A magic lantern predates movies and slide. Essentially, it was a pre-electric version of a slide projector.
Mine is about ten inches tall, comes with the original box and slides, and has the little metal oil lantern that provided the light source.
|Magic Lantern circa 1905
As I dug into this, I discovered online the Magic Lantern Society. They say; Introduced in the 1600's, the magic lantern was the earliest form of slide projector and has a long and fascinating history. The first magic lanterns were illuminated by candles, but as technology evolved they were lit by kerosene, limelight, carbon arc, and electric light.
I emailed them and quickly got this response: The Encyclopedia of the Magic Lantern does not cite GBN, but the companies making toy lanterns were mostly in Nuremburg, Germany. You are fortunate to have the box and slides that fit as well as the lantern. Is there an illuminant? Toy lanterns were very popular for children in the late 19th and early 20th centuries. You see them in movies such as Fanny and Alexander. Magic lanterns were once a premium for a childrens' magazine in the early 20th century. They were used both to entertain but also to teach.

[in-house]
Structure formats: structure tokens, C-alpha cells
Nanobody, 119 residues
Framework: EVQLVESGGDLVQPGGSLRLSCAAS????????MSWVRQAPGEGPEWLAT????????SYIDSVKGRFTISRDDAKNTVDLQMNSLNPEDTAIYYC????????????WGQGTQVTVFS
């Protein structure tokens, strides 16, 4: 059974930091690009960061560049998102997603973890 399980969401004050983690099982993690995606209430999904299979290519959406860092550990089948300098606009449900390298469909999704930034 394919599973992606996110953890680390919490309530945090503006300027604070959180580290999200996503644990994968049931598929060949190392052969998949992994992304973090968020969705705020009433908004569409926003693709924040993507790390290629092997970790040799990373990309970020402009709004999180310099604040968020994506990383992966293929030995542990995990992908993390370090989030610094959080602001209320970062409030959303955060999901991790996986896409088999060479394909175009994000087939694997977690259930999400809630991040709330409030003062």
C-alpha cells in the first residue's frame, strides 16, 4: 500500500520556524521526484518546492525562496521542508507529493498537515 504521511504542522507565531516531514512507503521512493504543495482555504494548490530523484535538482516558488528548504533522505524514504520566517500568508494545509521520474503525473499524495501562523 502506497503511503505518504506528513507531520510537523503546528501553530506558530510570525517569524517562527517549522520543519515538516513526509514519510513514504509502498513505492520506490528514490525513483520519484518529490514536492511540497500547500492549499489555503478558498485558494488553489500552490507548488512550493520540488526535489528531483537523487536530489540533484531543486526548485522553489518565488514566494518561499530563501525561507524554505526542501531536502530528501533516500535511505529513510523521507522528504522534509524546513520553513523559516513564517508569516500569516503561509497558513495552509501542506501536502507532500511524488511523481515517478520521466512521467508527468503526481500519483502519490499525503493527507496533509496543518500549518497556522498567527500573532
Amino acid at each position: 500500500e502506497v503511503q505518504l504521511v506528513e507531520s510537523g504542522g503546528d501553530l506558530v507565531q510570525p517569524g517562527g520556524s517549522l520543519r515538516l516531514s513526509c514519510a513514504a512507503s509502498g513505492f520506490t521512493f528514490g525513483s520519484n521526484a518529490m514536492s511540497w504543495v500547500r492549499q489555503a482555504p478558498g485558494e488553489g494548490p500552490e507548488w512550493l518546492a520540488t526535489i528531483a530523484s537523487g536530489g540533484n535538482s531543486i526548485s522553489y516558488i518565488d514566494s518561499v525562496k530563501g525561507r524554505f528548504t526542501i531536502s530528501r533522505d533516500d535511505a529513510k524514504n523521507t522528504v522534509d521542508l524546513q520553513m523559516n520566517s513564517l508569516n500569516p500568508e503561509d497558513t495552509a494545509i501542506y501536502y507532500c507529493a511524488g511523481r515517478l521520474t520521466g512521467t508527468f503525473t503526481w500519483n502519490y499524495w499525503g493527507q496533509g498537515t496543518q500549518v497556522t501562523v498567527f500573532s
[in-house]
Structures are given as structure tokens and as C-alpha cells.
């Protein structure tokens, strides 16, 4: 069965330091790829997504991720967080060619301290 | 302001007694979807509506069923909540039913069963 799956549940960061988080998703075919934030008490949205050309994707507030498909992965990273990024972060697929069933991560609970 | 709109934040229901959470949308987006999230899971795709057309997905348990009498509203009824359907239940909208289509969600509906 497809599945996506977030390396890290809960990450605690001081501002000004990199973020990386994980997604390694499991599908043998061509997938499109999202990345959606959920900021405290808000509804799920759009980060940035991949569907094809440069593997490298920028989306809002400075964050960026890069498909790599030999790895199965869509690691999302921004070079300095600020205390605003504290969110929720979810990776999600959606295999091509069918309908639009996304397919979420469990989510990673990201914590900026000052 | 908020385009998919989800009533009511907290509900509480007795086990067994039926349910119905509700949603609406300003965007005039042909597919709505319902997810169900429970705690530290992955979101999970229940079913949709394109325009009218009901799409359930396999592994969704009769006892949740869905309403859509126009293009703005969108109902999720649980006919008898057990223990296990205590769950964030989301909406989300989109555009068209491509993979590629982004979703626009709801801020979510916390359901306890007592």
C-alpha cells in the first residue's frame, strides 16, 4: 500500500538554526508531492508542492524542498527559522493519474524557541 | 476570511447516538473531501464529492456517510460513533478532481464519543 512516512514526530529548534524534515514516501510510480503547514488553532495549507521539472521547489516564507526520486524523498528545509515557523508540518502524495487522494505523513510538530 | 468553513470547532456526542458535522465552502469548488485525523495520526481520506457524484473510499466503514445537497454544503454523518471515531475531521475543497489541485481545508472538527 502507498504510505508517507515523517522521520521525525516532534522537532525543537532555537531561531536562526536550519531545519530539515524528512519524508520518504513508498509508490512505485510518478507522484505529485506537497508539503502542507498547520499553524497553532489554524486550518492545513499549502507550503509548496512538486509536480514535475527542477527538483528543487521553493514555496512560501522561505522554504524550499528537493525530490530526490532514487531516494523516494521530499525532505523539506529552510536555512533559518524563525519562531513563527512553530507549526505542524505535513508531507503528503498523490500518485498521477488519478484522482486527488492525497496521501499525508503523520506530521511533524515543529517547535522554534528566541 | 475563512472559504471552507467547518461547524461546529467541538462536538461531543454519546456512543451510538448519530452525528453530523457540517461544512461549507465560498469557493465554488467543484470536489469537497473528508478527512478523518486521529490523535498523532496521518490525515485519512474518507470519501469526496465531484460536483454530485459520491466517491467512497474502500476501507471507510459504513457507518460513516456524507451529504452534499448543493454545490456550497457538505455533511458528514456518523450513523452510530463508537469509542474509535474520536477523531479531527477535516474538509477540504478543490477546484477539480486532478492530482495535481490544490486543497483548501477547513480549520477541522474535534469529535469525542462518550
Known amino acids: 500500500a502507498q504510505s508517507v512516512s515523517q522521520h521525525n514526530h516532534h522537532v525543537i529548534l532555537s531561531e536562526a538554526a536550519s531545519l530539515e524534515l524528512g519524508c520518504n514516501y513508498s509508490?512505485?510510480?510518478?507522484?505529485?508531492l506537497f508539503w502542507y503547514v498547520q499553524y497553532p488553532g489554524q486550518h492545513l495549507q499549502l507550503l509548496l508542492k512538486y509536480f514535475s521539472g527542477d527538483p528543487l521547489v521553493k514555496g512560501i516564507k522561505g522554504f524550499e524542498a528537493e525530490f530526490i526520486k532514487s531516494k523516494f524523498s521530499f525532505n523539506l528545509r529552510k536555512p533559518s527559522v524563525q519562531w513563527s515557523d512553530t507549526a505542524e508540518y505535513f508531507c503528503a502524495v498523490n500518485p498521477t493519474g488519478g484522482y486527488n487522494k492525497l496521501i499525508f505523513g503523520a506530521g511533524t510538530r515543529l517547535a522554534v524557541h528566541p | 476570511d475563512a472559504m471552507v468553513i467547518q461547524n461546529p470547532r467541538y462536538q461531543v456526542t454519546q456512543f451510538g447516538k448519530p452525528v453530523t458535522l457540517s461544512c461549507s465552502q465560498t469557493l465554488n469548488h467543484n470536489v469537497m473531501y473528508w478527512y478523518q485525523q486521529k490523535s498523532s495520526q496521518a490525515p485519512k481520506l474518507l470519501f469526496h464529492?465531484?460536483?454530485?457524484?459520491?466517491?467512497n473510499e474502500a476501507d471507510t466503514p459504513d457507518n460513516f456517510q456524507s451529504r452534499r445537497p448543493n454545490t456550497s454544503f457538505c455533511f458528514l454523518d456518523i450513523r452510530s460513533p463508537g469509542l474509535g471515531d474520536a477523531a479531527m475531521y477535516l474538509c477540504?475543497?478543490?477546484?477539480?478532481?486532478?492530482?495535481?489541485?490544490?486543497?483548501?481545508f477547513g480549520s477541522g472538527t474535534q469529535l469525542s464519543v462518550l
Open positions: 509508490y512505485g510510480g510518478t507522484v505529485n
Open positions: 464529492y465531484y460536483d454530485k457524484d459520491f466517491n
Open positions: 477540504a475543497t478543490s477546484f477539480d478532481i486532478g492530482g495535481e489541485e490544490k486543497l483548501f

Larger lanterns were used in schools, churches, Secret Societies, and as the machine that brought Illustrated Lectures of travel, science, history and religion to the citizens of towns all across the country, We estimate there were over 100,000 magic lantern showmen, ie, people, mostly but not all men, who gave lectures and shows using the magic lantern. If you go on ebay you will see the wide range of magic lantern slides still in circulation.
If you are interested in the Magic Lantern and want to know more, the Magic Lantern Society has a quarterly research Journal that it publishes and a monthly enews letter of less scholarly news. We have a bi-annual convention. If you are on the West Coast, it is a great chance to meet other collectors and to mine their knowledge of yourlantern and other interests. We are an interesting group of people who collect lanterns, or slides or ephemera or whatever about the lantern and the culture around it. It was everywhere in the 19th and 20th centuries.